Specialist manufacturing space

Why small-scale, specialist manufacturing space in Central London is important

The provision of new small-scale manufacturing space in Central London is being talked about more and more as a potential 'anchor' use for first phase development. This reflects high levels of demand in the sector, probably as part of a wider move in the UK towards supporting home-grown production, combined with steep rental and rates growth in areas such as Shoreditch, Hackney and Old Street where affordable manufacturing space could previously be found. It is also a function of developers' desire to breathe life into regeneration schemes.

Large-scale sites usually require complete transformation to reposition previously peripheral or ‘unloved’ areas. Developers need to create the conditions in which, in value terms, they can catch up with or outperform the local market. This does not happen overnight, but incorporating manufacturing and creative space into an early phase of development can be a vital catalyst in the process – even though space will inevitably be let at a (sometimes substantial) discount to the target estimated rental value (ERV) for the scheme.

There is a ‘trendy’ perception around design and manufacturing, and the people that work in the sector, which contributes positively to a scheme’s brand and identity. The style of working tends to be interactive and collaborative, which also helps to portray an image of activity and life throughout the day, particularly where there is an educational angle. This helps to support the first café/retail spaces, and is also beneficial when marketing the wider scheme to larger occupier requirements and to prospective residents who buy into the hustle and bustle of urban living.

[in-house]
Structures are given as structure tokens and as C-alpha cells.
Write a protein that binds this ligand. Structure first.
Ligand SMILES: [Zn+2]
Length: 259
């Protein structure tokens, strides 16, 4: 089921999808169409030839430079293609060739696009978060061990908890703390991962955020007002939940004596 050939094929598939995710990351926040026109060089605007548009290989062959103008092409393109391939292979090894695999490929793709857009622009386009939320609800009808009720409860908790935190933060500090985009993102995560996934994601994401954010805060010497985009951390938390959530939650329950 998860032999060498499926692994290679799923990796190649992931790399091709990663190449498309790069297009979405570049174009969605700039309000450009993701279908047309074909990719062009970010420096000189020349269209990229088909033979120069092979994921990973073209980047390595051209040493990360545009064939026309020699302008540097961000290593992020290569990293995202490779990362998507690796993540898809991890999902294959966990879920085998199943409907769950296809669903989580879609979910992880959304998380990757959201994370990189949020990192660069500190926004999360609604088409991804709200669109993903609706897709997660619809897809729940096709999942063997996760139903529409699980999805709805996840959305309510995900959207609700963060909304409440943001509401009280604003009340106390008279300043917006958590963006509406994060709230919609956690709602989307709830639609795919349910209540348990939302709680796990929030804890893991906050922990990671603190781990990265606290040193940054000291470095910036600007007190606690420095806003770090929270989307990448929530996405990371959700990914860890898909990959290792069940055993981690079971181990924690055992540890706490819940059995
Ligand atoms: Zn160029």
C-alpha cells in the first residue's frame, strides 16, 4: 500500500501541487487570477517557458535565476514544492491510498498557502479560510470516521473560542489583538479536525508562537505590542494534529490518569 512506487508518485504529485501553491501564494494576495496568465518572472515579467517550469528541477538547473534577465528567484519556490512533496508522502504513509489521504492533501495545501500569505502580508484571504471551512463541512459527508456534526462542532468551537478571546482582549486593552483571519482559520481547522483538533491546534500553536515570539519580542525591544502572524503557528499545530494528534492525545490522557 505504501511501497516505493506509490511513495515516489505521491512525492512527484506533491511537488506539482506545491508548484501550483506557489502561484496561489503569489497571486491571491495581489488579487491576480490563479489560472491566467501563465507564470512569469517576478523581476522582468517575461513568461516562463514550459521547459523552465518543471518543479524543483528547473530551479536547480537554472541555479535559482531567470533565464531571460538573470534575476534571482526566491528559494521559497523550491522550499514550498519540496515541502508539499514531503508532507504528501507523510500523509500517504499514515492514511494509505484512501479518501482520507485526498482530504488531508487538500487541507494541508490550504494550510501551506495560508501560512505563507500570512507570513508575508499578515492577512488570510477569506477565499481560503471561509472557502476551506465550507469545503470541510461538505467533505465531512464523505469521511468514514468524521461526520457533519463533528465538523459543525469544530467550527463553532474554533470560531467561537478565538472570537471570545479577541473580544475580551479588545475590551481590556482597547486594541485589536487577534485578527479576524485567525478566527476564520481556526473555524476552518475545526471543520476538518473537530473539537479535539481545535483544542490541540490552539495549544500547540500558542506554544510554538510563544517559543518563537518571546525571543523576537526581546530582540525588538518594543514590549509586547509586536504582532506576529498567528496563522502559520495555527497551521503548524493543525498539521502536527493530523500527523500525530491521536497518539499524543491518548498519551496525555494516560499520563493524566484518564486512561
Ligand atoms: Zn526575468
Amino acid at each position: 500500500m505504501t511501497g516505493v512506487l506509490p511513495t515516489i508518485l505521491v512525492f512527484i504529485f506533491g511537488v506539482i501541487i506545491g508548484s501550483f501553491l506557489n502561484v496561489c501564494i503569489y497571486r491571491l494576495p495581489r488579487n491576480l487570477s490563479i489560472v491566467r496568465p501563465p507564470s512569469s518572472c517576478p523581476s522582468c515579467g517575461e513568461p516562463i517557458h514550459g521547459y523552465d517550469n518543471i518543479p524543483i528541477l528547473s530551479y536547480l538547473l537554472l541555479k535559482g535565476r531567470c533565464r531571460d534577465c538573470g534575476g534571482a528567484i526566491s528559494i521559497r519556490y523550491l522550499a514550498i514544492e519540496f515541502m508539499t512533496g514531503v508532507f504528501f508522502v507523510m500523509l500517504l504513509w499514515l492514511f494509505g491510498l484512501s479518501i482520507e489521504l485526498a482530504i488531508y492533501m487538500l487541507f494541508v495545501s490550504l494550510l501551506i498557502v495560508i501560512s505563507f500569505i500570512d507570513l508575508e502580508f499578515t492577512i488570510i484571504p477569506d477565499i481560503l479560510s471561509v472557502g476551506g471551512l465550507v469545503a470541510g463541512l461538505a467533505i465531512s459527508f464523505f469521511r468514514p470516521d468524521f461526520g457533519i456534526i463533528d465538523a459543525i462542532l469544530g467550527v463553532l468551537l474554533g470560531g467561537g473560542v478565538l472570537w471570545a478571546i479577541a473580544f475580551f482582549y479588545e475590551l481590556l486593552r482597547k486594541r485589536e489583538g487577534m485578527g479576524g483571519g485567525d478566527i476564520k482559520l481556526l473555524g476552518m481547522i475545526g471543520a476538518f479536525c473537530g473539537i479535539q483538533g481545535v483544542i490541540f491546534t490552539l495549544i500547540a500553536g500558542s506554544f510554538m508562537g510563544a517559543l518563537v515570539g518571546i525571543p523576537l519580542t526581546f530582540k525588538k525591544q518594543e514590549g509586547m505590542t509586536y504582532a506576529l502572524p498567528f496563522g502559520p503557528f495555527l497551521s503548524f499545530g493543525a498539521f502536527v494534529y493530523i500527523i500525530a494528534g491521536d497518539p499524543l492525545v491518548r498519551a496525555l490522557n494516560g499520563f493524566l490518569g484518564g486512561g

There are many examples of schemes that successfully incorporate multiple uses (incorporating small-scale manufacturing), dubbed ‘co-location’. As part of the University of the Arts, Central Saint Martins at King’s Cross is the much-vaunted example of how education/creative space can contribute vital life and animation to the early stages of large-scale mixed use development.

Another example is the Central Research Laboratory at The Old Vinyl Factory in Hayes, created by developers U+I, in partnership with Brunel University London and the Higher Education Funding Council for England. This is a facility that mentors hardware entrepreneurs in a designated co-working facility. Similarly Workspace and Peabody’s Merchants Walk in Bow demonstrates the way in which residential and workspace uses can combine successfully.

Further information

Read more: What London workers want most

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